Studies show that up to 30% of patients with chronic pelvic pain have pelvic congestion syndrome (PCS) as a primary cause of their pelvic pain. The majority of women with PCS are less than 45 and are in their childbearing years. Risk factors for PCS include multiple pregnancies, polycystic ovarian syndrome, hormonal dysfunction and leg varicose veins. Women with PCS usually complain of a dull ache and heaviness in the pelvis that is worsened by standing, pregnancy, and menstruation. Sometimes this pain may be experienced in the lower back. There may also be visible varicose veins in the groin area, buttocks and upper thigh.
Often times our female patients have both leg varicose veins and pelvic varicose veins. Although these veins are in different locations both sources can be symptomatic to the patient. The question then becomes “which do I treat first?”
The problematic veins although similar in pathology and symptoms are treated in different methods. The legs are treated as an in office procedure involving the use of EVLA, sclerotherapy, and ambulatory phlebectomy. The pelvic veins are treated with a same-day hospital procedure called a venogram with coil embolization. The goal with both procedures is to close down incompetent veins that cause the symptoms. And while these are very different procedures often both procedures need to be performed to reduce the symptoms. The question of which procedure to do first really comes down to which problem is causing you the most pain.
Patients will often experience significant bruising, significant redness and a feeling of warmth in the areas of treatment. These issues will typically resolve within one to two weeks. You may also experience bleeding from a phlebectomy site. This can be quite significant. If you encounter bleeding or oozing, apply moderate constant pressure for five minutes. Hard focal lumps under the incision sites are also common to see after treatment. This can be a small segment of remaining vein or scar tissue from the incision that will soften up and dissolve over time. Once the steri-strips are removed you may notice a small fiber, like a strand of hair coming from the incision site. This is a small portion of dry tissue and you can trim this with a pair of scissors as close to the skin as possible.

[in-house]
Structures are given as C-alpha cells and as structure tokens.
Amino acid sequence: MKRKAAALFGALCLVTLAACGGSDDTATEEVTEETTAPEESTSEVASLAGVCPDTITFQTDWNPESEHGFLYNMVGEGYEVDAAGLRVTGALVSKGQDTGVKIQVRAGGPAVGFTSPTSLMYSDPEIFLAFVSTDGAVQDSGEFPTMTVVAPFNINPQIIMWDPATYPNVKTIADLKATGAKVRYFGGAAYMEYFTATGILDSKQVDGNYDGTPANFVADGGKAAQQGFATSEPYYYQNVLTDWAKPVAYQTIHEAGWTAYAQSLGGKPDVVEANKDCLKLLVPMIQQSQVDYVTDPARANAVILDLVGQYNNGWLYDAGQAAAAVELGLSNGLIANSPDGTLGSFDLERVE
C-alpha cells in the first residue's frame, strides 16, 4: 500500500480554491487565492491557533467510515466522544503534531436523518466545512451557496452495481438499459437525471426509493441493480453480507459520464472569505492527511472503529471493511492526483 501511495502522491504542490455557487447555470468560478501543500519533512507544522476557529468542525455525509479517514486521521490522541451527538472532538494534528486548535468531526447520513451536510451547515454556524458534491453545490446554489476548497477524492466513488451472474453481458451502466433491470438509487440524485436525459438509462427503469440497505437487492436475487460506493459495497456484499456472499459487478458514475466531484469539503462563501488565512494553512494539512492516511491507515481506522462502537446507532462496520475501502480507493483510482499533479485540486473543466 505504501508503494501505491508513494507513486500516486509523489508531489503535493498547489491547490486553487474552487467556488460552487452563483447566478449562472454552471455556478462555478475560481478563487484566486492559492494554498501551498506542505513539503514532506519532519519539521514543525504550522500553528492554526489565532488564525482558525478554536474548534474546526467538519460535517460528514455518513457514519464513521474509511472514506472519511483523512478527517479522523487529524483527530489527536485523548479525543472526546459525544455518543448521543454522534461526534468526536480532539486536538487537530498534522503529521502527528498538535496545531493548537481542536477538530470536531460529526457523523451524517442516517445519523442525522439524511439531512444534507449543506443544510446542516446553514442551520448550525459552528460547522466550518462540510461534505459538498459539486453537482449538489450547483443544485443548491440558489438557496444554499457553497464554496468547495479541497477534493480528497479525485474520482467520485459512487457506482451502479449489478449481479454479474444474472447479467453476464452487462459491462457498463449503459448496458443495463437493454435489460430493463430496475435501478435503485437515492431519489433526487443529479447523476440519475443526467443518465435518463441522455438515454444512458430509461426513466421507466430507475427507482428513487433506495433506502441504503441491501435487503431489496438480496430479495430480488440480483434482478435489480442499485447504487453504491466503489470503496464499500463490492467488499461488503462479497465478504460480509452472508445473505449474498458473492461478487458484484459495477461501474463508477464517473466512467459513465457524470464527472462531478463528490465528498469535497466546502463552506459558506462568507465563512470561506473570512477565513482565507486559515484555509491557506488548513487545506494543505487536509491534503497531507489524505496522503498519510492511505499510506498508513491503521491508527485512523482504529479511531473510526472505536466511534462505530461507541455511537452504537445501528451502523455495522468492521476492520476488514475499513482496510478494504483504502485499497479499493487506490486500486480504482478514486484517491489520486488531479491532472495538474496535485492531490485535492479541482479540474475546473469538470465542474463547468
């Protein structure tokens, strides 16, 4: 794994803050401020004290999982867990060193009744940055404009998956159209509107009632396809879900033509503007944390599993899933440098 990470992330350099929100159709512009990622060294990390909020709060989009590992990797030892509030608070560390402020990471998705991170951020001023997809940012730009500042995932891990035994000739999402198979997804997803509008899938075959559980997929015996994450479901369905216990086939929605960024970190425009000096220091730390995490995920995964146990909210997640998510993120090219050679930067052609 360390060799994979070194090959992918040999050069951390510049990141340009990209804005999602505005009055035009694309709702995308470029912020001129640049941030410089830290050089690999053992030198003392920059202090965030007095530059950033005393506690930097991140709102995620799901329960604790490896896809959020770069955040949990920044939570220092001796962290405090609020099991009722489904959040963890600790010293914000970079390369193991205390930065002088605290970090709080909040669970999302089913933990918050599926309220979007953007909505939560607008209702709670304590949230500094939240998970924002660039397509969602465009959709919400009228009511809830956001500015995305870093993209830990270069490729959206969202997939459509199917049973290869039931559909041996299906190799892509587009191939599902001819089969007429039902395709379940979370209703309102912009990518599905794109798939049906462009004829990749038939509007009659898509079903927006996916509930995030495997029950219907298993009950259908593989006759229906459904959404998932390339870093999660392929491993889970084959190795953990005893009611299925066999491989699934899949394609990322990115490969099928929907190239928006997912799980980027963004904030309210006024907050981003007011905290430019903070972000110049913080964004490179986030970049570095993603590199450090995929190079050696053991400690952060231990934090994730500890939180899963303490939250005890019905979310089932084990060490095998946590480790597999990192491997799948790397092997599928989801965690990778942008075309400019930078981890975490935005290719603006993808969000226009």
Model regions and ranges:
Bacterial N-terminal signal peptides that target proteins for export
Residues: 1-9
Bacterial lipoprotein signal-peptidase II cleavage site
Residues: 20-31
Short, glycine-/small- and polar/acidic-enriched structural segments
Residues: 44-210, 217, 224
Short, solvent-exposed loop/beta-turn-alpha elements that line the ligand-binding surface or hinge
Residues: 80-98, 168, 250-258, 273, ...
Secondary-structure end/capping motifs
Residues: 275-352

Sclerotherapy uses ultrasound guidance to inject a medication into veins, causing scarring to occur and closing the vein permanently. This procedure is routinely used at IVC and patients want to know how this procedure compares to EndoVenous Thermal Ablation (EVTA) as far as pain caused during the procedure and recovery time after the procedure.
The sclerotherapy procedure often involves multiple injections along the course of the the problematic veins. Patients often ask if a local numbing agent could be used to anesthetize the area before the injection of the sclerosing agent. This technique is not used as this would require two needle sticks, one needle stick to inject a numbing agent and another needle stick to inject the sclerosing agent. In general most patients tolerate the sclerotherapy procedure well and do not need any anesthetic agent.
The post-procedure pain is usually localized to the area where the vein was injected. This pain is not nearly as intense as the pain following the EVTA but will be noticeable for longer. In fact it may take several weeks for the veins to be resolved by the body. During this time you may experience tenderness from these areas. A mild pain reliever like ibuprofen helps but really the biggest factor is giving the body time to resolve the treated veins.